Knowing that Fee has been one of the greater scholars on Paul during the modern era, I am certain he understands the call to reach cowboys, Africans, computer techs, creative artists, professional athletes, Generation Xer’s, and a whole host of other types of people. I’m sure he would concur that Christ gave His life that people from all tribes, tongues and nations might come to the cross (Revelation 5:9).
Yet, still, Fee is convinced that homogenous churches are nowhere in Paul’s framework. Nowhere. Paul can only consider that the church, in all its diversity, is called to be a heterogeneous community of faith. And Fee is convinced this understanding is solidly based in Scripture, as in places like Ephesians 2 (probably vs11-22), Ephesians 4 (probably vs1-16) and 1 Corinthians 12 (probably vs 12-31).
Paul never once encouraged the community of believers to form a Jewish church over here and, then, have the Gentiles gather over there. Paul didn’t want the followers of Apollos in one corner, those of Peter in another, and those of Paul in a third corner (see 1 Corinthians 1:10-17). He wanted the body of Christ to gather in the same corner. He wanted Jews and Gentiles together. He wanted disciples of Apollos, Peter and Paul sharing the bread and wine at the same table.
And, as a footnote to Fee’s words, Stackhouse states this:
This leads us to question, once again, the direction a great deal of the renewal movement is taking towards the principle of homogeneity. Engagement with youth culture may well permit such an approach – a missiological attempt to accommodate the preferences and dislikes of Generation X – but as an exercise in cultivating holiness it could prove ineffectual.
Again, I think these are beautifully challenging words. In his pastoral wisdom, Stackhouse is not being legalistic and he is definitely not saying that we should not consider how to reach out to particular groups (in his instance, how modern renewal movements are considering outreach to those in Generation X). But, Stackhouse’s challenge is that, with such a myopic and narrow framework, we might actually miss a cultivation of holiness within the whole body of Christ as we get caught up in an over obsession with homogeneity. And I suppose Stackhouse sees our holiness ultimately being expressed in our unity of the Spirit in the bond of peace (Ephesians 4:3).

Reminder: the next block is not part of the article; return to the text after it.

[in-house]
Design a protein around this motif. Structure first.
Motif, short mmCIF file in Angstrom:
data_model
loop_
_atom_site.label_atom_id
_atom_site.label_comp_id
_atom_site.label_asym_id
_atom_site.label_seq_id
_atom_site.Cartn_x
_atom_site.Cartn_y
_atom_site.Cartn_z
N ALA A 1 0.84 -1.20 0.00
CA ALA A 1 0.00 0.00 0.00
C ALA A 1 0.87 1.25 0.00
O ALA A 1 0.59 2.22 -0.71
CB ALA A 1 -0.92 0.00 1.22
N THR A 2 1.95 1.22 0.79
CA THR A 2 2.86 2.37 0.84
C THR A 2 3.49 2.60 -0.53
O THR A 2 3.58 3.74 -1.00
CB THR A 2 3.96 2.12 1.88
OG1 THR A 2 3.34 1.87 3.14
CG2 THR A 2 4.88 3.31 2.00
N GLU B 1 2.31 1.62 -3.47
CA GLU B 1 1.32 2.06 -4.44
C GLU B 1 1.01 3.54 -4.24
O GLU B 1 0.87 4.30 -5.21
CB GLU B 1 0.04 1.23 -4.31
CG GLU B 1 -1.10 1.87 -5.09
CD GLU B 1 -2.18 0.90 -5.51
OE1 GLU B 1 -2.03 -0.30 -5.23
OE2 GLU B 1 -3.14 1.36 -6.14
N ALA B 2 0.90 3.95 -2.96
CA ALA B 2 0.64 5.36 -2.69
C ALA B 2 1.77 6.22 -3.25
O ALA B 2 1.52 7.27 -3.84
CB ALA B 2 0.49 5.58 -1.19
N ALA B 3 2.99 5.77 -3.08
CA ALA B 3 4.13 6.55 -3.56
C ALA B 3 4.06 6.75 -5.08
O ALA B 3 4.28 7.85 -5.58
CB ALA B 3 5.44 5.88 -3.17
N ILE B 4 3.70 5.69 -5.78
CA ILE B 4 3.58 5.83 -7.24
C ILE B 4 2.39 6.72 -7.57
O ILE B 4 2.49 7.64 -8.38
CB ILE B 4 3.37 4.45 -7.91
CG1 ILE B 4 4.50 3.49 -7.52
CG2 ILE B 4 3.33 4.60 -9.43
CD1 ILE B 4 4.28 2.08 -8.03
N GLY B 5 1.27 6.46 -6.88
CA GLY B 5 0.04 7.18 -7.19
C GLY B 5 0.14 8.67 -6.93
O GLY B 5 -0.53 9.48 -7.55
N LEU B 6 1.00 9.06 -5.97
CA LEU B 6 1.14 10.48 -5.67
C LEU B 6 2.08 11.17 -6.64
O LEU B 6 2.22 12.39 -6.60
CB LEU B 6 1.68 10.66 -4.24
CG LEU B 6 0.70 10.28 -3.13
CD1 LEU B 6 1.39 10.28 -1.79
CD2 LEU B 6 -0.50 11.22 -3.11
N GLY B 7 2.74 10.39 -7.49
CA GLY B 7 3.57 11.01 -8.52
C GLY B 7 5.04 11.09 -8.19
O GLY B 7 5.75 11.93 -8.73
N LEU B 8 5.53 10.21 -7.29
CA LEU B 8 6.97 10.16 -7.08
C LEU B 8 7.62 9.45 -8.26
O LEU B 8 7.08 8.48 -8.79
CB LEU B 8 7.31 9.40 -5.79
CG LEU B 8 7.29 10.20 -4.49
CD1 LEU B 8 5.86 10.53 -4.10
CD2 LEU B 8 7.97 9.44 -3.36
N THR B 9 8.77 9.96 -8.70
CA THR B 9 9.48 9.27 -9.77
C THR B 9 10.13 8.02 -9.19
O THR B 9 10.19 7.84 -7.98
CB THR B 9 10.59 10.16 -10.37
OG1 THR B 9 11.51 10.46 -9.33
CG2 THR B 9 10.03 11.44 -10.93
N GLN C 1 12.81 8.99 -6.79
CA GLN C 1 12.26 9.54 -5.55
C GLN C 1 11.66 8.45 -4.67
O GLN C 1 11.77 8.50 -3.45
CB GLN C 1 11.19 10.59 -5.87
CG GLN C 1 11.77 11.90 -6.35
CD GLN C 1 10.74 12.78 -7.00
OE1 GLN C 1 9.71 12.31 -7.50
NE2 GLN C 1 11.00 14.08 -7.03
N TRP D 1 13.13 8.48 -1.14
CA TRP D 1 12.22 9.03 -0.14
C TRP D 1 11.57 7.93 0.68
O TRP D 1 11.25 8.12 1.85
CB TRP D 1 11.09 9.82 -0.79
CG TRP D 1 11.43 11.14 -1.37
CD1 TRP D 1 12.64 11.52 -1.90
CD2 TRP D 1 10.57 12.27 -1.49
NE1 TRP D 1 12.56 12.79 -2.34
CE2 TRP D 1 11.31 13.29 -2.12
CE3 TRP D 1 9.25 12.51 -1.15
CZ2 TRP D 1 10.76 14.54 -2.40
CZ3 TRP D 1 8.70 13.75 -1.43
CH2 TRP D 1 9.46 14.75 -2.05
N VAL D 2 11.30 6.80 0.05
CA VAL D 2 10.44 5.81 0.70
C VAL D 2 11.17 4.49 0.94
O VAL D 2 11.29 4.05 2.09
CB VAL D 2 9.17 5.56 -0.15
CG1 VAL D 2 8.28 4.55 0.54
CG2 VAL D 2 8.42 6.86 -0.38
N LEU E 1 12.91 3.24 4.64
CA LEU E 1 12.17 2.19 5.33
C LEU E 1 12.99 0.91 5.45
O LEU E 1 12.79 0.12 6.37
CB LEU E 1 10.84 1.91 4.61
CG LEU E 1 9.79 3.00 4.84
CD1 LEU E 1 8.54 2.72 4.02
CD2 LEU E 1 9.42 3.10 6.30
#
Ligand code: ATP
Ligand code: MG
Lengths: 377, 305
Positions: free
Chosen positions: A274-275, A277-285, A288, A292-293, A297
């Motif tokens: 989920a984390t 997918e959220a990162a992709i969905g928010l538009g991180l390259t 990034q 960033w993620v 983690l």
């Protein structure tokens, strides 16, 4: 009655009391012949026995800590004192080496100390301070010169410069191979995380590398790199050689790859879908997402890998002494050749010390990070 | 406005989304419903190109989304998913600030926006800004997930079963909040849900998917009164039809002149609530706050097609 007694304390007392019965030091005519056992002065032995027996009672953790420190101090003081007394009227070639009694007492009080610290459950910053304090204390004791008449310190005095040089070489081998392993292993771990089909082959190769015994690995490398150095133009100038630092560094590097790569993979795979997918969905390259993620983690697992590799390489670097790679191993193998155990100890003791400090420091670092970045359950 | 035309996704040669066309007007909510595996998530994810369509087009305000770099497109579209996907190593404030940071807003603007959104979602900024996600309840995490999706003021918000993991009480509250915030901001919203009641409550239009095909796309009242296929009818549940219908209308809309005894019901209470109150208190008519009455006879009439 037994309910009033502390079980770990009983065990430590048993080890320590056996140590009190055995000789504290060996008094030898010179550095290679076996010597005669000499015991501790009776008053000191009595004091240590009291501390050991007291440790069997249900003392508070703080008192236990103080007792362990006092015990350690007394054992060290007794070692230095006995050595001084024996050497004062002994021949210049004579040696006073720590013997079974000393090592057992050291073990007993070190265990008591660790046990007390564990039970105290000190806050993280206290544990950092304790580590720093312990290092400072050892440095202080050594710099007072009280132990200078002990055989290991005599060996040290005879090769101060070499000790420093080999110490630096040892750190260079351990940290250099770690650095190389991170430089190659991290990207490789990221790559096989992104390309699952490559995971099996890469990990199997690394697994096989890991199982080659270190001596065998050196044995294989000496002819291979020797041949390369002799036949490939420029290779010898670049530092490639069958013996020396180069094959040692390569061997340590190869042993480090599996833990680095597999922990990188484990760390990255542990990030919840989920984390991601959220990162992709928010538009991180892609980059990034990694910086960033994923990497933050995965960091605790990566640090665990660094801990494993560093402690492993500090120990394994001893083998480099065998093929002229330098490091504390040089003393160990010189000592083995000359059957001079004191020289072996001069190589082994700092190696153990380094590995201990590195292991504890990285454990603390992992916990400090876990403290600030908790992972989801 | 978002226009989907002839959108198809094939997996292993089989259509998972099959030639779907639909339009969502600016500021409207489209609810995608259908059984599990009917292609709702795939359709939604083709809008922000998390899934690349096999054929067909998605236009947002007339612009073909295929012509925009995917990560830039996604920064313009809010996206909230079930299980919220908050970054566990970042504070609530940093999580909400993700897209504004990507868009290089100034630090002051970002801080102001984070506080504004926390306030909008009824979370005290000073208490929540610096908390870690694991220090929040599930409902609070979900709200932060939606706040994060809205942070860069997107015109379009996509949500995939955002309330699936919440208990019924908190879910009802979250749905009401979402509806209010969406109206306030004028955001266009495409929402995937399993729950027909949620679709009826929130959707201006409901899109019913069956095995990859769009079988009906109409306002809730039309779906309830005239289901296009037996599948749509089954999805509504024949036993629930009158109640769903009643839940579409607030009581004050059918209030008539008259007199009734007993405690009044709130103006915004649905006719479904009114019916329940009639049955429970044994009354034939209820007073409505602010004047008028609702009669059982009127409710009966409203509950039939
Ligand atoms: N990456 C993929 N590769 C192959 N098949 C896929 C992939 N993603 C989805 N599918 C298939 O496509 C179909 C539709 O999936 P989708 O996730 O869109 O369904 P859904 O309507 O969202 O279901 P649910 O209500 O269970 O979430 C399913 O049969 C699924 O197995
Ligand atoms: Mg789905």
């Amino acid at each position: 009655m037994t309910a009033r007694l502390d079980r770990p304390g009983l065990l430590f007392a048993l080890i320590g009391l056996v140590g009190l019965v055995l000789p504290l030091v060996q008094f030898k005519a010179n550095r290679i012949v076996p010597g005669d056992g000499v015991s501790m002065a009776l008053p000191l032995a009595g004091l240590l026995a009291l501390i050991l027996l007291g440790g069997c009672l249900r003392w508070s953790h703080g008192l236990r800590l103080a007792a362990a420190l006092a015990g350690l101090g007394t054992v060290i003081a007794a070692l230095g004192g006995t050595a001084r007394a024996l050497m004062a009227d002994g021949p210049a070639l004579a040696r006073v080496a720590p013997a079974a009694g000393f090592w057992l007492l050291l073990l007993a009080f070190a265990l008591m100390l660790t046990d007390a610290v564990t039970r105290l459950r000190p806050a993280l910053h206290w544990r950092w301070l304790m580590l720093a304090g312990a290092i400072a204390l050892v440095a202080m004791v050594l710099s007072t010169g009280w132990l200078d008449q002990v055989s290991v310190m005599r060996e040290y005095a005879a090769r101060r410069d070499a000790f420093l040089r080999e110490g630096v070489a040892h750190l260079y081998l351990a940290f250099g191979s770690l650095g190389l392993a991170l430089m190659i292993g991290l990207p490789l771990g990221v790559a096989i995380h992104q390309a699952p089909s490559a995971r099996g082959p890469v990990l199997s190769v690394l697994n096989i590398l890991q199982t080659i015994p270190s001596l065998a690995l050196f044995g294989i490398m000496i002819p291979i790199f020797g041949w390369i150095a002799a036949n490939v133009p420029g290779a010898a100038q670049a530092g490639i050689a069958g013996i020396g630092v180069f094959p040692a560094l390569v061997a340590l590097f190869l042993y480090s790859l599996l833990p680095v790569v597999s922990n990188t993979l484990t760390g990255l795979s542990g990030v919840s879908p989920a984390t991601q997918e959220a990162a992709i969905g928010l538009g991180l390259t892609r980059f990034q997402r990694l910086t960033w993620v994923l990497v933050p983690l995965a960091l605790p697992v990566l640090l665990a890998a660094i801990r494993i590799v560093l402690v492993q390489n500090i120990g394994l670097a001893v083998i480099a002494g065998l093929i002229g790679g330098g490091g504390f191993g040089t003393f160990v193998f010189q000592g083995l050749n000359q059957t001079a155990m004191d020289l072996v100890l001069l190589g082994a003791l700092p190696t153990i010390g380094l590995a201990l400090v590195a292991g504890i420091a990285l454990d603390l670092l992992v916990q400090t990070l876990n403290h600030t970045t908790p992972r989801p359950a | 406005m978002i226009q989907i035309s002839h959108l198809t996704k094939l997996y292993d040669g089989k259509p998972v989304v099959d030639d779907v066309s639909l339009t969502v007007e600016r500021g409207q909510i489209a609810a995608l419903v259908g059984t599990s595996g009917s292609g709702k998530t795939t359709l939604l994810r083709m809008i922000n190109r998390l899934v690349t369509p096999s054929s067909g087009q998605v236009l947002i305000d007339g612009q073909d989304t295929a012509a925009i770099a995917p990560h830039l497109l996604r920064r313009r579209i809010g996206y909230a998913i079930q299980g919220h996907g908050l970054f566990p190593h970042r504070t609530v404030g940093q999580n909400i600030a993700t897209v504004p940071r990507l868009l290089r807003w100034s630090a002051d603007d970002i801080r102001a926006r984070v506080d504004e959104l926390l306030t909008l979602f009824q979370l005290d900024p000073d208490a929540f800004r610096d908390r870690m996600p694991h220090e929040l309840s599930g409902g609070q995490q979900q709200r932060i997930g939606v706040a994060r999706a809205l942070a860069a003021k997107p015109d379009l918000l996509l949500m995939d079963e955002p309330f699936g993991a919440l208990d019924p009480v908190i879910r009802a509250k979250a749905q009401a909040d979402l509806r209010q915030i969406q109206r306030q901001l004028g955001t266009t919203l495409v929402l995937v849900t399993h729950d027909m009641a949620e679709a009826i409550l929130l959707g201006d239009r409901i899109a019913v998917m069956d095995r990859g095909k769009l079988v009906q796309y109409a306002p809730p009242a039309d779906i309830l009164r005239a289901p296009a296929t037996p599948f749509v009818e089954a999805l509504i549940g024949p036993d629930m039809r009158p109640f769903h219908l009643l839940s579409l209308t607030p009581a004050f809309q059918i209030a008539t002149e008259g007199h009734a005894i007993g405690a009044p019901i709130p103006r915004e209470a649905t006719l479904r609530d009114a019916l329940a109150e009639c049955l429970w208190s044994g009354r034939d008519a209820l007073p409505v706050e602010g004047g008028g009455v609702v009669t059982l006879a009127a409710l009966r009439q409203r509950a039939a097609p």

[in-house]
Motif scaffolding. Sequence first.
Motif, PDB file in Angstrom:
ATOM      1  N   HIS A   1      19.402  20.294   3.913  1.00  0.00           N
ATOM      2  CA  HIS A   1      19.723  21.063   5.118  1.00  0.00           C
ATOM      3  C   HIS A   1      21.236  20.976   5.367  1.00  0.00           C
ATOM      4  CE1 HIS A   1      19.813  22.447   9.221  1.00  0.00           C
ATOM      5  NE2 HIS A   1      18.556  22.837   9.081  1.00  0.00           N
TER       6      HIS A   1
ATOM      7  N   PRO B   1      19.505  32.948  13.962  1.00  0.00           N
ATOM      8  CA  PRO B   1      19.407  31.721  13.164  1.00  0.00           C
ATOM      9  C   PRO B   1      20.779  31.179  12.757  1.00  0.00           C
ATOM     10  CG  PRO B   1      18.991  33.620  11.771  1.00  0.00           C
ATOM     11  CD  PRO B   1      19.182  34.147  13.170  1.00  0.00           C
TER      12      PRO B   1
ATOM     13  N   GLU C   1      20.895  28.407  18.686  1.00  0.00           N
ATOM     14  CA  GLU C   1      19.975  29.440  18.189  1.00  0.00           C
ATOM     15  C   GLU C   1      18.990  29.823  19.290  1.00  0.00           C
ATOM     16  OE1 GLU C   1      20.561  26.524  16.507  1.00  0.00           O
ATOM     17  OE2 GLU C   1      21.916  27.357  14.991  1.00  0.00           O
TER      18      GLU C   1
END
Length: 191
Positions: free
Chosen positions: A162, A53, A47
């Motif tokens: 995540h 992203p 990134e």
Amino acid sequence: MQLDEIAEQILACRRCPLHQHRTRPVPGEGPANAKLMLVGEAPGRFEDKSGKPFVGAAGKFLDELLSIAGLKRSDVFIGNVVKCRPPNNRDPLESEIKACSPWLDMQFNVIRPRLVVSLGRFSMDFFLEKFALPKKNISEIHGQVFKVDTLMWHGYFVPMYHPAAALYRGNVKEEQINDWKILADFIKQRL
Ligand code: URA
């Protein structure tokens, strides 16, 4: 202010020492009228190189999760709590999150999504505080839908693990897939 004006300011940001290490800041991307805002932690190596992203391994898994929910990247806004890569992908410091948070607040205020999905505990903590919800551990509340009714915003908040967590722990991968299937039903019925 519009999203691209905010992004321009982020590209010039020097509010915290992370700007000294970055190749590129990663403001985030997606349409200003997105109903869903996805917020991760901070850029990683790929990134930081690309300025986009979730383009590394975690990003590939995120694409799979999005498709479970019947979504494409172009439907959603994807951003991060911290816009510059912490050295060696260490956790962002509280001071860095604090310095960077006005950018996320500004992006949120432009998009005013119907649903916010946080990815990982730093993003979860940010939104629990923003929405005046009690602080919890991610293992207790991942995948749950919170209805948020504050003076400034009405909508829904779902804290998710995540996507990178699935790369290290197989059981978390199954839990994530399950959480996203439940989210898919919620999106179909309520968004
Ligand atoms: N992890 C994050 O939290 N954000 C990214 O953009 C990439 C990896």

Again, it’s not that Stackhouse doesn’t give room for reaching out to particular sub-cultures. I, also, suppose he even realises that specific members of the body of Christ will develop better relationships with other particular members. To take license with the body metaphor, I suppose ears will get on better with ears because they have quite a few similarities and toes will get on better with toes because they are quite similar (at least in their stinkiness). Stackhouse, and us, are aware of this.
But the whole body metaphor is given to show that ears need eyes, toes need fingers, and elbows need belly-buttons. The body metaphor screams our need for one another, even our necessity of the weaker parts (1 Corinthians 12:22-24). If all the elbows got together, they would be missing out on so very much. Or, to keep it in the context of this article, if all the cowboys got together, they’d miss the importance of the computer techys and athletes and hippies and every other expression of personality and calling.
And so, I am convinced that the body of Christ is not called to congregate in sub-cultures. We look to reach each culture and sub-culture for the sake of the One who gave His life for all types of peoples. And we look to give expression to the differing sub-cultures within the community of believers. But we are to be a shining light and testimony that, in all of our diversity, we are a unified unit. We are called to fellowship at the same table with all members of the body – blacks with whites, English speakers with Spanish speakers, nerds with jocks, rich with poor, slave with free, cowboys with Native American Indians.
To play off the words of one Theologica colleague: Within the church, the body of Christ, people become Christians who are cowboys, Christians who are goths, Christians who are athletes, and so on, rather than vice versa.
If anything, the gospel calls the church, the ekklesia, the body of Christ to be heterogeneous. We are to be a community of all colours of skin, languages, and interests gathered at the same table under the headship of Jesus Christ. That is the effect of the cross. And as we begin to faithfully walk this out and move towards maintaining that unity of the Spirit in the bond of peace, I believe the world will see something they’ve maybe yet to see.